What is the process of a Christian writer? This question is the most open-ended question of them all, in my opinion. Naturally, we all have a different writing process. I, for example, am making fair use of the Mind Mapping technique for this essay. But I think there are two steps that every Christian should take when writing any Christian writing piece. We should write with others in mind. Christian writing is not a selfish way of expressing oneself but an act of love. When we write, it’s not for us to garner sympathy or admiration from others but a sacrifice of love.[3] A Christian has the hearts and lives of others on their mind every time they put pen to paper or they sit in front of a keyboard. Christians should seek counsel from scripture before writing. Like I mentioned before, we should not practice cunning or tamper with God’s word. “We are not, like so many, peddlers of God’s word, but as men of sincerity, as commissioned by God, in the sight of God we speak in Christ.” (2 Corinthians 2:17). Here we see again, a calling to “speak in Christ.” In other words, communicate the truth of Christ found in the scriptures. Ignorance is not a valid excuse to write falsehoods about the Word of God. Every time a Christian prepares to write about the truth of God, they must sit and study God’s word on the issue to be guided by truth and love in their words.

Finally, what are the effects of Christian writing? Again, there are a plethora of answers to this question, but I would focus on three. The first outcome of our writing is that a brother or sister learned something new about Christ. As previously stated, Christian writing is an act of love, so the most apparent response to our writing is that the words bless someone. The second effect is very closely related to the first, the influencing of others. The main difference is that, while the writing can be a blessing to a fellow brother or sister in Christ, the latter is not beholden to just a fellow Christian. Our writing as Christians can influence others outside of our faith, and I would argue that it should. “I think the way you love people is by influencing them, persuading them, winning them, awakening them to delight in God above all things.”[4] If we believe what the bible says is accurate, and that Hell is a real place, that we all deserve Hell because of our sin, and that Jesus made a way to be saved from our sin, Hell, and the grave, we must be striving to influence others who do not know about Christ. First and foremost, for salvation and also so that they can experience the goodness and love of God.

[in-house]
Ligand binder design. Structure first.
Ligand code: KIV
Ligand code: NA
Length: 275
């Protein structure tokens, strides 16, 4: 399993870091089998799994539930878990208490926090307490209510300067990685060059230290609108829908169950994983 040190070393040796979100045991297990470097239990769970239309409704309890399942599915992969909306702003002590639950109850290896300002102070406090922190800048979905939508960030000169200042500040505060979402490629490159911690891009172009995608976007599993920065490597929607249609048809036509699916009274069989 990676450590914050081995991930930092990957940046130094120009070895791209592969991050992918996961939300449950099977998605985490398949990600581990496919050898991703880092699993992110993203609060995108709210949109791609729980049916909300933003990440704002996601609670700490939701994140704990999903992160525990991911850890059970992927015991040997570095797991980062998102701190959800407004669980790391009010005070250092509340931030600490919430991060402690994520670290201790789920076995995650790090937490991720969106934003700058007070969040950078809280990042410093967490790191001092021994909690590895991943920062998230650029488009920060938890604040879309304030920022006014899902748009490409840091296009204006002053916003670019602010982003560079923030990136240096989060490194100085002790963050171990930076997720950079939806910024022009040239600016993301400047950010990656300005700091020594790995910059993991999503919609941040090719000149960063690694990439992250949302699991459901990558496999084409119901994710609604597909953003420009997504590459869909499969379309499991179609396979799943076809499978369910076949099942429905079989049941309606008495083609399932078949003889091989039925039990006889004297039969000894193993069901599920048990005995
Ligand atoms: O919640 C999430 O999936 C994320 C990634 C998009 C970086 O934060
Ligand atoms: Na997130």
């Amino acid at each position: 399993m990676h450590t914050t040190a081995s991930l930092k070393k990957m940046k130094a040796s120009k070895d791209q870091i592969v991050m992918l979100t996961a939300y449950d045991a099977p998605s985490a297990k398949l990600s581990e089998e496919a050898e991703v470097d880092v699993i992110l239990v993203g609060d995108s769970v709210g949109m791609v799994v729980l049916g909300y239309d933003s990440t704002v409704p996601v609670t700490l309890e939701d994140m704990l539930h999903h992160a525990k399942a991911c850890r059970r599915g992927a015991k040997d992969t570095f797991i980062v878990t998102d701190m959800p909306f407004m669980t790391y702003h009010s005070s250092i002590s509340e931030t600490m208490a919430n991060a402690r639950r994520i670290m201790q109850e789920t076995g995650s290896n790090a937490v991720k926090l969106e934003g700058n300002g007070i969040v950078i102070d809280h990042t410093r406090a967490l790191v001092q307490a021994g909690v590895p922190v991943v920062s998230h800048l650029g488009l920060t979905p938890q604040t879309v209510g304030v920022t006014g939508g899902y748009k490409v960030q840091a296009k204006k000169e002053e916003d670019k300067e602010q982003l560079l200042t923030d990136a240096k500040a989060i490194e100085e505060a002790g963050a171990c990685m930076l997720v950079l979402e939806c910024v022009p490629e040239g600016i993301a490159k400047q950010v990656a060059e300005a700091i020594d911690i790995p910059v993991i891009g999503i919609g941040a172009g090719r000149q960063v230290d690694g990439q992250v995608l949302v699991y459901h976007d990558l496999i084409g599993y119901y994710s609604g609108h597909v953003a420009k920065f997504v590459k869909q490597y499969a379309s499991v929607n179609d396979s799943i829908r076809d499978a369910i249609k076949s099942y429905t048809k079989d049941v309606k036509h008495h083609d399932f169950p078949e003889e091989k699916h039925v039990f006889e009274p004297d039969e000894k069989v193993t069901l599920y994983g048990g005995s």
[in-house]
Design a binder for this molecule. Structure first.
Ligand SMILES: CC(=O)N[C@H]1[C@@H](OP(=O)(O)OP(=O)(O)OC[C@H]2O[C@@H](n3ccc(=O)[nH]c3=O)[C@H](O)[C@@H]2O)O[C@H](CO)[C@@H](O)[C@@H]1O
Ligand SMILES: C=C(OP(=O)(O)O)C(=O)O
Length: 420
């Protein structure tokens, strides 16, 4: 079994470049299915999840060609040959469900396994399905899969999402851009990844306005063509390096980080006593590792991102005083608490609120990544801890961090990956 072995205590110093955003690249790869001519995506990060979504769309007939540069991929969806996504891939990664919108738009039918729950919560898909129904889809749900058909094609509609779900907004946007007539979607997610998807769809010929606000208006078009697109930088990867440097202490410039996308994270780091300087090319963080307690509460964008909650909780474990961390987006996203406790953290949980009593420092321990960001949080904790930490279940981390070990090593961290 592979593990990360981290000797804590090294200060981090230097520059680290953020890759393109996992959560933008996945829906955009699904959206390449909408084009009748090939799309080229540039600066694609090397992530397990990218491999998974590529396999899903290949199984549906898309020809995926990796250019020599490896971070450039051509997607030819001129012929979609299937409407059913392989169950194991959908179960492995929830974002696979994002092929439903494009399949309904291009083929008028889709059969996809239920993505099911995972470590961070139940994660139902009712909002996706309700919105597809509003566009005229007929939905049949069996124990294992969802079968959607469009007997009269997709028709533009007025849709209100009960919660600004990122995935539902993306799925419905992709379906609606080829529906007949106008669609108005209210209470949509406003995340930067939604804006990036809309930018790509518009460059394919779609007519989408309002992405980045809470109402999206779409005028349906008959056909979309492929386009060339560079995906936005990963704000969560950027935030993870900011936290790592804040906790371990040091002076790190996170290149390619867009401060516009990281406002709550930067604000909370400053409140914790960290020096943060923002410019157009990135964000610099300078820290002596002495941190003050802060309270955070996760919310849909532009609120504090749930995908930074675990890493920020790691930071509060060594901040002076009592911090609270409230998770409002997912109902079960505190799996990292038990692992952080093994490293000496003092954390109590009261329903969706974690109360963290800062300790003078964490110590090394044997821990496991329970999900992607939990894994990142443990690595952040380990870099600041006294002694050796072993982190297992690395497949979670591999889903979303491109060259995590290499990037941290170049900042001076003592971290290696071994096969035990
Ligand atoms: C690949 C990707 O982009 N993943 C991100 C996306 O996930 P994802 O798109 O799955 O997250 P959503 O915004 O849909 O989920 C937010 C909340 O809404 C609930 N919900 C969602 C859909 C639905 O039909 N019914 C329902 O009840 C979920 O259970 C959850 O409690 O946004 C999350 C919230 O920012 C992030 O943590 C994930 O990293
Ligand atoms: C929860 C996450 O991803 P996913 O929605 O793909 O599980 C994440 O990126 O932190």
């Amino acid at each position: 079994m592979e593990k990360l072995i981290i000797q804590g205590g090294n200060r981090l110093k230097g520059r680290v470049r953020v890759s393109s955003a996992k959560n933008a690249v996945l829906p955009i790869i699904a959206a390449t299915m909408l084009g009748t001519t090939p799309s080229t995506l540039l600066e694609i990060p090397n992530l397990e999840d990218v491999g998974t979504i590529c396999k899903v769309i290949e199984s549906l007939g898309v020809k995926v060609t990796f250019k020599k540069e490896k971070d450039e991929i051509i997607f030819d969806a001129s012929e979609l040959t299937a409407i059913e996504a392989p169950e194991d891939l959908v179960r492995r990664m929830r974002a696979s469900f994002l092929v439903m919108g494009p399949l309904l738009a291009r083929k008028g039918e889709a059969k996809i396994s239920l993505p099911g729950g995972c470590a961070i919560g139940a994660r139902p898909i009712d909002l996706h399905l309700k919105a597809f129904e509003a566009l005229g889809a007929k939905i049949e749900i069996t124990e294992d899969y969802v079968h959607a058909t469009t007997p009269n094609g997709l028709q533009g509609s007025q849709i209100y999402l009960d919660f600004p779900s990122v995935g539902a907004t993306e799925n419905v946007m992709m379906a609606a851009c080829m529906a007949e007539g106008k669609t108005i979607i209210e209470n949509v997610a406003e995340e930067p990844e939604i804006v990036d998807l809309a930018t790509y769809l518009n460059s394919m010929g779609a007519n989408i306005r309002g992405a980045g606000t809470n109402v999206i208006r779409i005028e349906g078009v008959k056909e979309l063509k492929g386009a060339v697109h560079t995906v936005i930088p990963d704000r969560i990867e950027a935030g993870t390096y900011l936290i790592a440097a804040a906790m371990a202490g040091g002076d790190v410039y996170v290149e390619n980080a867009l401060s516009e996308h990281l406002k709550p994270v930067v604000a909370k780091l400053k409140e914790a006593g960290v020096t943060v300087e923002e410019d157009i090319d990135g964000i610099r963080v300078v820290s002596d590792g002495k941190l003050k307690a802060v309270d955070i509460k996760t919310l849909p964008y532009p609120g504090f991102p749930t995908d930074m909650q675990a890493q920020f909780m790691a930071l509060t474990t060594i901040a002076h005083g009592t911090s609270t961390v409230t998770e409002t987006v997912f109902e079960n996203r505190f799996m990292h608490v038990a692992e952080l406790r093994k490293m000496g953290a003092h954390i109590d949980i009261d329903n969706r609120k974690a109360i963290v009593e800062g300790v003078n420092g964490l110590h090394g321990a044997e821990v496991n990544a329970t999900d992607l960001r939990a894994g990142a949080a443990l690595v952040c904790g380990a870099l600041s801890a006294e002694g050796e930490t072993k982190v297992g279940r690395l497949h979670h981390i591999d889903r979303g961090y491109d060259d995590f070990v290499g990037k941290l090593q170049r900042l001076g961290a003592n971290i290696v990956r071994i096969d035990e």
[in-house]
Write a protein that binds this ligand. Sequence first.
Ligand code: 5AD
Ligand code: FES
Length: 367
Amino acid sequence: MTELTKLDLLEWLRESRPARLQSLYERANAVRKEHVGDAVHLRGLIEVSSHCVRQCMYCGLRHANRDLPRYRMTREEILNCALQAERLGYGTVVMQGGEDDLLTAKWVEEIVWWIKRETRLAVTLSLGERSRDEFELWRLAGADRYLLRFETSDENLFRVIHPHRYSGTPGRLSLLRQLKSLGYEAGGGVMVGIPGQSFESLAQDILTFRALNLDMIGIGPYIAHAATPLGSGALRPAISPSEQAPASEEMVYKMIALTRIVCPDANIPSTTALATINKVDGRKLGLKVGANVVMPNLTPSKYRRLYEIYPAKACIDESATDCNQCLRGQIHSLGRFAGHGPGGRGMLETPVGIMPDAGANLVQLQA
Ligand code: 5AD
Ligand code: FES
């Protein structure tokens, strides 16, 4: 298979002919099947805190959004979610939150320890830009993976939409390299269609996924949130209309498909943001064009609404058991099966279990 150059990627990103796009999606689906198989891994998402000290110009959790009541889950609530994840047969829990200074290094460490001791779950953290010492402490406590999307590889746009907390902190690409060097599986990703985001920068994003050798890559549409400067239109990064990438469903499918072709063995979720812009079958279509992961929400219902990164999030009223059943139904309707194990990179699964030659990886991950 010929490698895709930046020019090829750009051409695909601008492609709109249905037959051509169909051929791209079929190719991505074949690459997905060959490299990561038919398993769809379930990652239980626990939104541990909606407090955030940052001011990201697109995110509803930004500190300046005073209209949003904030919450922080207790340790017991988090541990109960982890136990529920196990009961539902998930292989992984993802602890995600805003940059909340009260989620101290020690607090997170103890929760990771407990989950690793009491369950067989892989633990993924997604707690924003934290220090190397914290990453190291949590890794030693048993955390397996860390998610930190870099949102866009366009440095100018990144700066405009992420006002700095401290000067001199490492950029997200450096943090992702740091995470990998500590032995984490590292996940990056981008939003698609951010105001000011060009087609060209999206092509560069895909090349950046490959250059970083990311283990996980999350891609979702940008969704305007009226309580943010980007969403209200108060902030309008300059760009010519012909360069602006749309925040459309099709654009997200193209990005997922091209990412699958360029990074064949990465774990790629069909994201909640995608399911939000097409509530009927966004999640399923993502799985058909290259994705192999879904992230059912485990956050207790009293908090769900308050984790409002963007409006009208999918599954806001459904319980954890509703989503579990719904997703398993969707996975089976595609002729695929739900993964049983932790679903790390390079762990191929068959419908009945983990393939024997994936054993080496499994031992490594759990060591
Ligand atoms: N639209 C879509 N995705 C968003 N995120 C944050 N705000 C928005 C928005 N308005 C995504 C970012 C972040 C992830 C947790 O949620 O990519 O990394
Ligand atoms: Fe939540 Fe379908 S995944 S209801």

In conclusion, every Christian has the invitation to be a “Christian writer” to write and communicate with others, love others, and spread the Gospel of Jesus through every text, essay, fantasy story, or any written work we do.

Works Cited

Mathis, David. “God Made You a Writer: An Invitation to Every Christian,” August 24, 2017, 1–1. https://www.desiringgod.org/articles/god-made-you-a-writer.com

Piper, John. “How Important Is a Christian Writer’s Influence?” Desiring God, April 10, 2020. https://www.desiringgod.org/interviews/how-important-is-a-christian-writers-influence.com


Rudy Garcia is the author of the upcoming novel Forged By Fire. Pre-order your copy today!